Q&A: Kurdistan Region VP Sheikh Jaafar Sheikh Mustafa

The former Peshmerga leader and PUK politburo member reflects on the priorities and crises facing the Kurdistan Region of Iraq.
KRG Vice President Sheikh Jaafar Sheikh Mustafa in his office in Erbil on Aug. 9, 2021. (LIZZIE PORTER/Iraq Oil Report)

ERBIL - Vice President of the Kurdistan Regional of Iraq (KRI) Sheikh Jaafar Sheikh Mustafa – a longtime Peshmerga commander and senior member of the Patriotic Union of Kurdistan (PUK) party – is a central player in several key political and security issues.

Remnants of the self-proclaimed Islamic State (IS) group have increased their attacks across much of northern Iraq, including attacking electricity infrastructure and setting up fake checkpoints in territory under control of the Kurdistan Regional Government (KRG).

Meanwhile, the PUK’s leadership structure is undergoing a seismic shift, complete with threats of violence and arrest in a power struggle that, which has increased tension in the portion of Iraqi Kurdistan under the party's control.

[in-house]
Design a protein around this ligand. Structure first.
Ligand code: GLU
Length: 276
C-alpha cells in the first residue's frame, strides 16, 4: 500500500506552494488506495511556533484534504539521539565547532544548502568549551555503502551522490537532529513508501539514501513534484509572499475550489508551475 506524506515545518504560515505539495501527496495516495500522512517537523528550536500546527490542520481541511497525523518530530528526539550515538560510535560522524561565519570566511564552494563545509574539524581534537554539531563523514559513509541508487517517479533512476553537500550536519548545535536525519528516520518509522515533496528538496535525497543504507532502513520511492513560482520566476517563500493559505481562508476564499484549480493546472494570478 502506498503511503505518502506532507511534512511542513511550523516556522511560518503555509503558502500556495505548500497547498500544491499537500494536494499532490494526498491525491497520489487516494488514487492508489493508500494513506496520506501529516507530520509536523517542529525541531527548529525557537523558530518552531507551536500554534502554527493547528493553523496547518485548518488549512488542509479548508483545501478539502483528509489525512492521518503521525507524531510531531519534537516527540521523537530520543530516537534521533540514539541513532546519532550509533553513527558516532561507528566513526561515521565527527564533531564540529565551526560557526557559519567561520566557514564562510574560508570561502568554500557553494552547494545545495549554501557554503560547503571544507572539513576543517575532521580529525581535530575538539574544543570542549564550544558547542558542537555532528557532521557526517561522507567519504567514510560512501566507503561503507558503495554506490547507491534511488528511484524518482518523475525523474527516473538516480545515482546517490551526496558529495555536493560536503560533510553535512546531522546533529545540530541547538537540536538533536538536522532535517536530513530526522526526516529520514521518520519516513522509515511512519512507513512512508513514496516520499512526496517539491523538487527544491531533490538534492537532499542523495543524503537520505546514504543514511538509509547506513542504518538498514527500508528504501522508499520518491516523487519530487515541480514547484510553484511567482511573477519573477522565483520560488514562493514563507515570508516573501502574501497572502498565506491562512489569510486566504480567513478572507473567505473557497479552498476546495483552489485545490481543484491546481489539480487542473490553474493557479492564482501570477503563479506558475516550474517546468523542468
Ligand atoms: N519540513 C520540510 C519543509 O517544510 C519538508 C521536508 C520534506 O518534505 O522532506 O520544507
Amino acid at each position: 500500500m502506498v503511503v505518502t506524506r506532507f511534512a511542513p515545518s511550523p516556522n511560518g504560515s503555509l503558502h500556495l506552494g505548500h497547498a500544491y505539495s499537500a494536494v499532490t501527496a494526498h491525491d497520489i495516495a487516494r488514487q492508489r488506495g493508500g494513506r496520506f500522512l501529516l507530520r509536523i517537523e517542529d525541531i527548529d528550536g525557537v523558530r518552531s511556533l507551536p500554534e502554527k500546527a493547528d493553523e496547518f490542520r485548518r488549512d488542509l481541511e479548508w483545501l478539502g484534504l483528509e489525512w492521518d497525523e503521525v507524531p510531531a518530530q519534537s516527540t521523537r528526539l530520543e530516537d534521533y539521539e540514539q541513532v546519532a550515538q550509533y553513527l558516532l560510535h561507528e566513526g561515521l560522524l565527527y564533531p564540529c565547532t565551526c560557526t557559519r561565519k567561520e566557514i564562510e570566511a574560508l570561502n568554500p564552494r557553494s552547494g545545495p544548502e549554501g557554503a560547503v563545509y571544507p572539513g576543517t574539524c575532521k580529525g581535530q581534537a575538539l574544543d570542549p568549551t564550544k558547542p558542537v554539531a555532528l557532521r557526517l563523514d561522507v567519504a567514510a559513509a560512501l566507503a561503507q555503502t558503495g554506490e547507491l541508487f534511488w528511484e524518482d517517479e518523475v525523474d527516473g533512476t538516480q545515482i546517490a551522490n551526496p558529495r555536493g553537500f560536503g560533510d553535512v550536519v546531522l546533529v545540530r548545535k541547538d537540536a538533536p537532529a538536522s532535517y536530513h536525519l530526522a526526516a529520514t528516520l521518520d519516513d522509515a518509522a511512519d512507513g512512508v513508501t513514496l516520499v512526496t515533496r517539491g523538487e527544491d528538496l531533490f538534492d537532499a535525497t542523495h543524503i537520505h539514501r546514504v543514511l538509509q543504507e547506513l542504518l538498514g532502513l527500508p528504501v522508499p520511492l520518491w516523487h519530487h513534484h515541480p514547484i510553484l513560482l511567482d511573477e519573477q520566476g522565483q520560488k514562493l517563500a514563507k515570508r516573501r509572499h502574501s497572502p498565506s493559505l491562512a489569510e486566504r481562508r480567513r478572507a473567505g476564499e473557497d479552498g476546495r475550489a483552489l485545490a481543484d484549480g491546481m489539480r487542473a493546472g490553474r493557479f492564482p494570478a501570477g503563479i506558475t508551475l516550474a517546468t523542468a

Sheikh Jaafar, as he is known, is the former Minister of Peshmerga and commander of the PUK’s so called 70 Forces, which includes several brigades and special battalions of PUK-controlled Peshmerga. Until 2018 he was a member of the PUK politburo.

He has been KRI vice president since 2019 and is still focused on the military mission, meeting frequently with senior commanders in the U.S.-led international coalition supporting the fight against the remnants of the IS group.

Despite a recent agreement between federal Prime Minister Mustafa al-Kadhimi and U.S. President Joe Biden over the withdrawal of U.S. combat troops from Iraq, the Sheikh Jaafar is calling for continued international support as "an absolute necessity." Longstanding territorial disputes between federal and KRG forces have meant there are gaps that the IS group can exploit, despite the recent formation of joint coordination centers. He's calling for the al-Hashid al-Shaabi (Popular Mobilization Forces) to be replaced by the Iraqi Army in the disputed areas.

Closer to home, Sheikh Jaafar said that impropriety by some local powerbrokers has negatively impacted the investment climate in Sulaimaniya.

He spoke with Iraq Oil Report this week in his office at the Kurdistan Region Presidency building in Erbil.

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